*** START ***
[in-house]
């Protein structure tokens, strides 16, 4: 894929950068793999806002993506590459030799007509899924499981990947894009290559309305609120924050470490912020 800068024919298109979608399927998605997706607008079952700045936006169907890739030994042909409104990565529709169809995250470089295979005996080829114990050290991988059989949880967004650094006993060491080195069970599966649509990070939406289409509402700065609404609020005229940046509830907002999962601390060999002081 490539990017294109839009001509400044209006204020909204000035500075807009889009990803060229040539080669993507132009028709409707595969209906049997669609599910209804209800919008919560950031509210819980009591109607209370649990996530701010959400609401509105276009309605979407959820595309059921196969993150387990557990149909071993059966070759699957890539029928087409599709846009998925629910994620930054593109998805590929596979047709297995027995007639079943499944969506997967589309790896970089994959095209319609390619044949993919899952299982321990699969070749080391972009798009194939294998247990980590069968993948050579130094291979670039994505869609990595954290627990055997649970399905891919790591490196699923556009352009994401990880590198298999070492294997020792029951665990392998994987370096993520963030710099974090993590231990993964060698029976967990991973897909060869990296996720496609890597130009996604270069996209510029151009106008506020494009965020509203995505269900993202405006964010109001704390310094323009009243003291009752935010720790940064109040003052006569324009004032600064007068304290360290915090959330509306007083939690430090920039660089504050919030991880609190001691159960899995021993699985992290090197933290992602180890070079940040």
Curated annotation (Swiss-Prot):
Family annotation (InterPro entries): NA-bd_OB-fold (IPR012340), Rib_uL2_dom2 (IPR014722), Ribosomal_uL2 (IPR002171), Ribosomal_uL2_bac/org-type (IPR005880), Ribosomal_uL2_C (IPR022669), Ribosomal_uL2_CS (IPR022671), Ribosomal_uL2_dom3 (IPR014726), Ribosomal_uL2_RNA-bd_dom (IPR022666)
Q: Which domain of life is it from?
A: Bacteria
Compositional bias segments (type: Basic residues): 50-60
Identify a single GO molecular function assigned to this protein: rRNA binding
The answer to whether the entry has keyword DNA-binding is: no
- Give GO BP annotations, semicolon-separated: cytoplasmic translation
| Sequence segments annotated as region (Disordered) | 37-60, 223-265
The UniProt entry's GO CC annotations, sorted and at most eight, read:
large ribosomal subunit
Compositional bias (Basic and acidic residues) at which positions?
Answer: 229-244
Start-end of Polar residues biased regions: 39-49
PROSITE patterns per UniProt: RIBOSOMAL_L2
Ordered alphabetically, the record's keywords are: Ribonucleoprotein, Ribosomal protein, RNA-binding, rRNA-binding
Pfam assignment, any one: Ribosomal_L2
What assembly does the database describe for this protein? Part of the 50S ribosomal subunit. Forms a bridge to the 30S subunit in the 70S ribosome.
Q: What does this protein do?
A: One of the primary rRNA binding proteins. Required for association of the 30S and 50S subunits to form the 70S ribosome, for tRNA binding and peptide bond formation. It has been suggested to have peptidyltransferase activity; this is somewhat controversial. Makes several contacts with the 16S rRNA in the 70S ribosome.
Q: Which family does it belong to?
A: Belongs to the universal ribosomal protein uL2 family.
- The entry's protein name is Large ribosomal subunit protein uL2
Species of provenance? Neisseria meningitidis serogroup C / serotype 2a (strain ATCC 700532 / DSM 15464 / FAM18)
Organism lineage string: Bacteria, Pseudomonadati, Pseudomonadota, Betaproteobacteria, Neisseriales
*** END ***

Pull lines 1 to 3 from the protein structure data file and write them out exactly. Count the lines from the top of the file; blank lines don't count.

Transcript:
[in-house]
């Protein structure tokens, strides 16, 4: 894929950068793999806002993506590459030799007509899924499981990947894009290559309305609120924050470490912020 800068024919298109979608399927998605997706607008079952700045936006169907890739030994042909409104990565529709169809995250470089295979005996080829114990050290991988059989949880967004650094006993060491080195069970599966649509990070939406289409509402700065609404609020005229940046509830907002999962601390060999002081 490539990017294109839009001509400044209006204020909204000035500075807009889009990803060229040539080669993507132009028709409707595969209906049997669609599910209804209800919008919560950031509210819980009591109607209370649990996530701010959400609401509105276009309605979407959820595309059921196969993150387990557990149909071993059966070759699957890539029928087409599709846009998925629910994620930054593109998805590929596979047709297995027995007639079943499944969506997967589309790896970089994959095209319609390619044949993919899952299982321990699969070749080391972009798009194939294998247990980590069968993948050579130094291979670039994505869609990595954290627990055997649970399905891919790591490196699923556009352009994401990880590198298999070492294997020792029951665990392998994987370096993520963030710099974090993590231990993964060698029976967990991973897909060869990296996720496609890597130009996604270069996209510029151009106008506020494009965020509203995505269900993202405006964010109001704390310094323009009243003291009752935010720790940064109040003052006569324009004032600064007068304290360290915090959330509306007083939690430090920039660089504050919030991880609190001691159960899995021993699985992290090197933290992602180890070079940040």
Curated annotation (Swiss-Prot):